Sleek design. Anti-fog capabilities. Can play music and take phone calls. No wiring needed.
Expensive. Dim, uneven lighting. Touch controls prone to fingerprints. Speakers sound tinny.
- Bottom Line
The Viio Vezzo Smart Mirror is nice to look at, but its middling sound quality doesn't justify its hefty price tag.
The Viio Vezzo is one of the more interesting smart home devices we've seen recently. It's a sleek Bluetooth-connected mirror that can play your music and take your calls, but at $395, you're paying a premium to upgrade your daily beauty regimen. It has some nice features, like solid wood backing, vanity LED lighting, and an anti-fog surface. But at the end of the day, the Viio Vezzo is a lot of style over substance. For most people, a plain old mirror and a Bluetooth speaker should suffice.
Mirrors come in all shapes and sizes, and Viio's are no exception. The Vezzo is a rectangular 24 by 32 by 2 inches (HWD), which is much larger than your standard medicine cabinet mirror, but nowhere near full length. Viio also offers the Vero ($445), a circular 30-inch option, and the 24-by-64-inch Vetta ($695). The back of the Viio is made of bamboo, and houses a charging port, mounting rails, and two speakers. The bottom features an auxiliary audio port, another charging port, a master on/off switch, and a microphone for phone calls.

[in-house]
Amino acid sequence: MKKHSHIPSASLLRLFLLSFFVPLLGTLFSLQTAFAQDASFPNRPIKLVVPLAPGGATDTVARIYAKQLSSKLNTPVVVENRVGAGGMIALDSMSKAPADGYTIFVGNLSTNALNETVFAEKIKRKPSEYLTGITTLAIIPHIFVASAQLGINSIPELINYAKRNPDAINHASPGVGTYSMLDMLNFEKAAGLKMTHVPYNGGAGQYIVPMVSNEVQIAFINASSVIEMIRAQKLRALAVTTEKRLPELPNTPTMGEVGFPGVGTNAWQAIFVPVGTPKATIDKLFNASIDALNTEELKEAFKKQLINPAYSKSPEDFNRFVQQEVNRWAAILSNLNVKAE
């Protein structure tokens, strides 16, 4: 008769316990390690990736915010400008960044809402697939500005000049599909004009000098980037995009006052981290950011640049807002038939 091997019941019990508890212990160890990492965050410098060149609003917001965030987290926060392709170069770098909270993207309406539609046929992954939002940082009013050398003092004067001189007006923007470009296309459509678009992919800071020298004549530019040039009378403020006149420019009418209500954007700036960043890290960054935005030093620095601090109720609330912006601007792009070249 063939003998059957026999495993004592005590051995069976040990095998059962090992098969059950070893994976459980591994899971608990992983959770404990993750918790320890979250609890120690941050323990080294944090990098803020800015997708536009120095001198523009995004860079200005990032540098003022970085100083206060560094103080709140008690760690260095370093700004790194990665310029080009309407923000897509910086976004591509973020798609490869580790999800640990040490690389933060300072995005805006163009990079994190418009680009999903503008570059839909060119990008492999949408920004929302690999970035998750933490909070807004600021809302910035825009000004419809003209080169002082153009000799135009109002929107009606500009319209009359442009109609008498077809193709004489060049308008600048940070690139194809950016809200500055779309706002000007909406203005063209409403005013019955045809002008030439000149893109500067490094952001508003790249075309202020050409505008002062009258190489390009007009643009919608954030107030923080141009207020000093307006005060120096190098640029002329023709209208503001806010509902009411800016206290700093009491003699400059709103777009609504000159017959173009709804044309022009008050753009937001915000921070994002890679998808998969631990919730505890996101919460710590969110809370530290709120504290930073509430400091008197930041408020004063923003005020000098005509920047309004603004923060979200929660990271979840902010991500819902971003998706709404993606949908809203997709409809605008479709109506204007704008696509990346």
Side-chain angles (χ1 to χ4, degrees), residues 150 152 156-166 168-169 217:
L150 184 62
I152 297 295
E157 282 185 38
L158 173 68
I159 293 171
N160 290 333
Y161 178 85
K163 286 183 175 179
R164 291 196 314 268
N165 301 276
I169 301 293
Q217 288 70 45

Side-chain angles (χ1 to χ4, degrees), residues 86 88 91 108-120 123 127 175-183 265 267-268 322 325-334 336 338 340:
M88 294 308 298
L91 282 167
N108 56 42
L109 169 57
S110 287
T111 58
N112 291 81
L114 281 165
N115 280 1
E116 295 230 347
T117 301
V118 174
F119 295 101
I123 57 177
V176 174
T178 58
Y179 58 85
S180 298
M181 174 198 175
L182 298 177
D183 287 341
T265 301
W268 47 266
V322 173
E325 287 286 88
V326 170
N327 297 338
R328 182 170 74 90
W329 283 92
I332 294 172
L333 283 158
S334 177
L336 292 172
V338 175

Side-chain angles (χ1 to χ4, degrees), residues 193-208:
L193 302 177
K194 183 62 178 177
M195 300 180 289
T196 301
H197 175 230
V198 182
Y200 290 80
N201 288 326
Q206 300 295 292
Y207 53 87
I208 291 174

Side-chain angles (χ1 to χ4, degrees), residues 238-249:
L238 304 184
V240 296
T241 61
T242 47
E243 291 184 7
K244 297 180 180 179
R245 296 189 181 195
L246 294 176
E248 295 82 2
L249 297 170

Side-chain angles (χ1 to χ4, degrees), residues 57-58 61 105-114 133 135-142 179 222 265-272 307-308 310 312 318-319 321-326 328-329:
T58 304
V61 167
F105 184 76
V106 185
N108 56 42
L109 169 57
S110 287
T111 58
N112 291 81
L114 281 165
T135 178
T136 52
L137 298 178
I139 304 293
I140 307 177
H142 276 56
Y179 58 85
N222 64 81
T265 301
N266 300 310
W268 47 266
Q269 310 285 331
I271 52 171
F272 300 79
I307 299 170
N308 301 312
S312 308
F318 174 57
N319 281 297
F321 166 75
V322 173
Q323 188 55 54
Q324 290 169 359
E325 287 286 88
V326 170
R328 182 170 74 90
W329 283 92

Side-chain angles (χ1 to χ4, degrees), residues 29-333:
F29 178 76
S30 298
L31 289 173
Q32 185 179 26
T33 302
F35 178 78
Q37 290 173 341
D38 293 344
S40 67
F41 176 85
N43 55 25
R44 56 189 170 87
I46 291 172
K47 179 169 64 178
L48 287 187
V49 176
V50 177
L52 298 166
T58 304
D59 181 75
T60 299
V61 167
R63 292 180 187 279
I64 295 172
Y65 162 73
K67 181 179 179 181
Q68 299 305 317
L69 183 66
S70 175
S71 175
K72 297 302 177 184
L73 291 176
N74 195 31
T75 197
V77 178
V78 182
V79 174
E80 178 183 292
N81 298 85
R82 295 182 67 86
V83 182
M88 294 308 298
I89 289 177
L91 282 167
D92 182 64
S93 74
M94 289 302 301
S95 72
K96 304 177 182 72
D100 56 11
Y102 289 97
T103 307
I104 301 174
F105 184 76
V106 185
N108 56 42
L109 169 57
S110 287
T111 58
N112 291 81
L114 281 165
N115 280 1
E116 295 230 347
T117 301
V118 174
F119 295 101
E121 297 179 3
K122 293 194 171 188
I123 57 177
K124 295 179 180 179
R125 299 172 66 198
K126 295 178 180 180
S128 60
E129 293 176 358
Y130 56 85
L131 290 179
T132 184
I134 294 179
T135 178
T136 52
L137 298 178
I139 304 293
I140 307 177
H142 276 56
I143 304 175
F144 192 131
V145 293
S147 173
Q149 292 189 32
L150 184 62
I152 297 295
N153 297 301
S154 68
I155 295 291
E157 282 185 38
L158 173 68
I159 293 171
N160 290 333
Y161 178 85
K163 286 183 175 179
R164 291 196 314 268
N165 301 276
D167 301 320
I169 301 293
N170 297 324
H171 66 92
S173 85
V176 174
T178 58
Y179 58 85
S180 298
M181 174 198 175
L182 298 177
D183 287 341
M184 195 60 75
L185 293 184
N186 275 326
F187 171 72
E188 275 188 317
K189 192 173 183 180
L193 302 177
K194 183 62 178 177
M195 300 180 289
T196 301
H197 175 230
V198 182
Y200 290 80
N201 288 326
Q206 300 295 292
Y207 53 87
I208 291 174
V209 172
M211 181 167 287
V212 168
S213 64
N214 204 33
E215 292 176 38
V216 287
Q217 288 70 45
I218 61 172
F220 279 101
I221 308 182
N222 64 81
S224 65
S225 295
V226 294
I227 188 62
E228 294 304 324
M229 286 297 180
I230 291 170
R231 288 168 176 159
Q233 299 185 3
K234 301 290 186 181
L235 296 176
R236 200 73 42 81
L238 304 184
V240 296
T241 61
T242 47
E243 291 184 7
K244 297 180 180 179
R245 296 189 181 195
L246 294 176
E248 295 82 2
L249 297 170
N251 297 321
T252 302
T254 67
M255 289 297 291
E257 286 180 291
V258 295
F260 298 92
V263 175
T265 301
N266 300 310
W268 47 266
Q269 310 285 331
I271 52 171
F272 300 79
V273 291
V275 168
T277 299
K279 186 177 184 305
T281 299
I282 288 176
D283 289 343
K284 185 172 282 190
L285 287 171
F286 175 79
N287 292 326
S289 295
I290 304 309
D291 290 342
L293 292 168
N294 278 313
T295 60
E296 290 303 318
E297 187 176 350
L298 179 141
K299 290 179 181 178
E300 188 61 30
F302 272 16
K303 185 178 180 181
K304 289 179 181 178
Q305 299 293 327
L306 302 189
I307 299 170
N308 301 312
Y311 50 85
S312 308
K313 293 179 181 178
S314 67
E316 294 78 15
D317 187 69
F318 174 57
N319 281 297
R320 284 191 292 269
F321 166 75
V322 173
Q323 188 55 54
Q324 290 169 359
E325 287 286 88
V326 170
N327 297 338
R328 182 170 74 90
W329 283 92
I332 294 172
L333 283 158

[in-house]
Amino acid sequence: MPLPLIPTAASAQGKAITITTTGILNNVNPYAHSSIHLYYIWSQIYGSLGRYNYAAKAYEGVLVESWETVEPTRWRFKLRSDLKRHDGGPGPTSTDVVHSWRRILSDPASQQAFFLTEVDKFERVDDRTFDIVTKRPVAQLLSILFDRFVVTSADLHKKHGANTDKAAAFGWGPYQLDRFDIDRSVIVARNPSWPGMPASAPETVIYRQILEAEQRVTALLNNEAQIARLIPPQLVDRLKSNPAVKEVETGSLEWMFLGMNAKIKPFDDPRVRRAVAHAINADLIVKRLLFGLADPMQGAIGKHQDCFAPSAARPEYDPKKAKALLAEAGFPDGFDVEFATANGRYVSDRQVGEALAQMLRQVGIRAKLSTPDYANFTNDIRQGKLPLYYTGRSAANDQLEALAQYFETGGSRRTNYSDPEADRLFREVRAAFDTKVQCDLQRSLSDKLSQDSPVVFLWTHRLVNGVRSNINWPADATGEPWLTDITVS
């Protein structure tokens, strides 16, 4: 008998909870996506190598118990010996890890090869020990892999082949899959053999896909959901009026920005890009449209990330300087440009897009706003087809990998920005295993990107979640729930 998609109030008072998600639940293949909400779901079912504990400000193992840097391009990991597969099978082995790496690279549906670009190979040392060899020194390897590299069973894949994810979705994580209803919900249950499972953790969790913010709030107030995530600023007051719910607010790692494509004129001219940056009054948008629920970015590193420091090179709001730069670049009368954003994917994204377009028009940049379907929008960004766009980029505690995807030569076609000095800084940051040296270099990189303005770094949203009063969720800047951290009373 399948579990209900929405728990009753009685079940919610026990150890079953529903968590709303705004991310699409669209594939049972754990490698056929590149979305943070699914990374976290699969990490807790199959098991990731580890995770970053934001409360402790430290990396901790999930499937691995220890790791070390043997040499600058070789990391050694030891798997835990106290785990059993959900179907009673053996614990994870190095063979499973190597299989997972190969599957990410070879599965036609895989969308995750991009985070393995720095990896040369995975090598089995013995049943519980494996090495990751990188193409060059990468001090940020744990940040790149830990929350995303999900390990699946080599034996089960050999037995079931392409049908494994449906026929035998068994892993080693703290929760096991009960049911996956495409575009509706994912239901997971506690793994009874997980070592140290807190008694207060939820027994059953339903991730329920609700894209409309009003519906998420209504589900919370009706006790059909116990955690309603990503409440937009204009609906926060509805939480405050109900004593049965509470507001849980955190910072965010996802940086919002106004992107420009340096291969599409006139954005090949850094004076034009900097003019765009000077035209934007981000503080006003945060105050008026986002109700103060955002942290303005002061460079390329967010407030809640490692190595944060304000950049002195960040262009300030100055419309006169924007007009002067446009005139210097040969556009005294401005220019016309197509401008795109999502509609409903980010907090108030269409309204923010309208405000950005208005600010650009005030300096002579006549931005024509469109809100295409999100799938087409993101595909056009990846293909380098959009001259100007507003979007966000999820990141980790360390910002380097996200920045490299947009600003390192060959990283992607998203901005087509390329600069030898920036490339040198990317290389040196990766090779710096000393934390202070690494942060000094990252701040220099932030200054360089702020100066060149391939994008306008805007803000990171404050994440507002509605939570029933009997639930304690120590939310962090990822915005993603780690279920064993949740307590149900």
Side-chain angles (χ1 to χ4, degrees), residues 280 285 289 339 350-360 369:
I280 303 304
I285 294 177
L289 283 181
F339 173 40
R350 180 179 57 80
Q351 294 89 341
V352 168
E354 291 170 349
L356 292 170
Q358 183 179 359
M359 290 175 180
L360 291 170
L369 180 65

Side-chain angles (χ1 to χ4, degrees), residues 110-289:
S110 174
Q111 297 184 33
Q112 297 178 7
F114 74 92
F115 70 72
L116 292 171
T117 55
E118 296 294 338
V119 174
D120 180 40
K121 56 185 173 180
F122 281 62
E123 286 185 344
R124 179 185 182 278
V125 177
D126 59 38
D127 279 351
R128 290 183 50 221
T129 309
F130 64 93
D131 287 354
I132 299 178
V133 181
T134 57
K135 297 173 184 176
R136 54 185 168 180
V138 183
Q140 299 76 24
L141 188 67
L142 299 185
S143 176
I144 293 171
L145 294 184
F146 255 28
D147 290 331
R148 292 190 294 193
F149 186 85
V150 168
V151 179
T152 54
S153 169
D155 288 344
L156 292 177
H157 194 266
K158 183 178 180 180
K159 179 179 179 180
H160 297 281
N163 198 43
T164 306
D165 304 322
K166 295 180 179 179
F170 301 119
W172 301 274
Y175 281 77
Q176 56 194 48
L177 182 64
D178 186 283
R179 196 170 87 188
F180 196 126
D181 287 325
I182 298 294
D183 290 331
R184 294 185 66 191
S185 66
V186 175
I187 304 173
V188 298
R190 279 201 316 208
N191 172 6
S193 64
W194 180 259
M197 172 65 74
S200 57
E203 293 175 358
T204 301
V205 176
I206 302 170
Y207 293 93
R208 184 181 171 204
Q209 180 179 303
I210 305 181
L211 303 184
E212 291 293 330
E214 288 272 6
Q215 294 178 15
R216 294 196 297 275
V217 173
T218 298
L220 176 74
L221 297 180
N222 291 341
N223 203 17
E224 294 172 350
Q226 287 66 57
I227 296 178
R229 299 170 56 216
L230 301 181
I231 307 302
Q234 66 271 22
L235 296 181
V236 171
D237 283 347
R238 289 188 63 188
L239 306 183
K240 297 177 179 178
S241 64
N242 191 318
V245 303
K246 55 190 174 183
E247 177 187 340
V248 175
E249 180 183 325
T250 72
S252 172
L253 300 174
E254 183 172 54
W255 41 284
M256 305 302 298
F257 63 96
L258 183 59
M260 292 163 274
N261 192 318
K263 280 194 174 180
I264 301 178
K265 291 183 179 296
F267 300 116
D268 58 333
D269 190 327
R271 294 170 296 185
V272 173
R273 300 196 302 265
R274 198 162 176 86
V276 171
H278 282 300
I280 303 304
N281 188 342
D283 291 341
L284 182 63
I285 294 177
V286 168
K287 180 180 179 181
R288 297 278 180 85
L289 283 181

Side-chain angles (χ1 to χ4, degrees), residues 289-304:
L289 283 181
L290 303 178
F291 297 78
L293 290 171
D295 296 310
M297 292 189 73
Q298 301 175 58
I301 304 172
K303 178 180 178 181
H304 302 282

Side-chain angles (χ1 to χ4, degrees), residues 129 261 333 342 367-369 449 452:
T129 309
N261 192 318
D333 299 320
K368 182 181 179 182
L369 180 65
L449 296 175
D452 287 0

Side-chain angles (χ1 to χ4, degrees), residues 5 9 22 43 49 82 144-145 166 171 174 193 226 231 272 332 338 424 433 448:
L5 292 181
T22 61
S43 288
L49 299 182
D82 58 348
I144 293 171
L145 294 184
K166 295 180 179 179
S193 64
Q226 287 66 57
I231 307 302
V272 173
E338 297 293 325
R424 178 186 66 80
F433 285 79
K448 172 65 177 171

There's an inset border of LED lighting, giving the mirror a picture frame-like appearance. While stylish, it isn't quite as practical as if it were along the outer rim like typical vanity mirrors. For starters, it splits the total reflective surface, leaving you with a relatively useless outside border. But really, the problem is that the lighting itself is dim, and there's no way to make it brighter. With LED mirrors, I've come to expect lighting that illuminates every single pore, for better or worse. The Vezzo doesn't do that at all. At most, it brightens up the shadows on your face, but only by a few degrees. It looks flattering, but it's not the sort of lighting you want to apply flawless makeup.
On the plus side, you can hang it on the wall vertically or horizontally without wiring. Viio says the Vezzo has six hours of battery life. That should give you at least a few days of lighting and Bluetooth playback. You can also plug it in, which is likely what you'll do since the mirror isn't exactly portable.
Vertically, there are three circular touch buttons in the lower right corner of the LED border that toggle anti-fogging, Bluetooth, and lighting. A light tap is enough to turn them on, which is indicated by a ring of colored light. Because their orientation is fixed, you'll have to get used to looking at the controls sideways if you prefer to hang the mirror vertically. While the buttons are responsive, they tend to collect fingerprints, which is annoying since you'll probably be touching them quite a bit.
Pairing and Sound Quality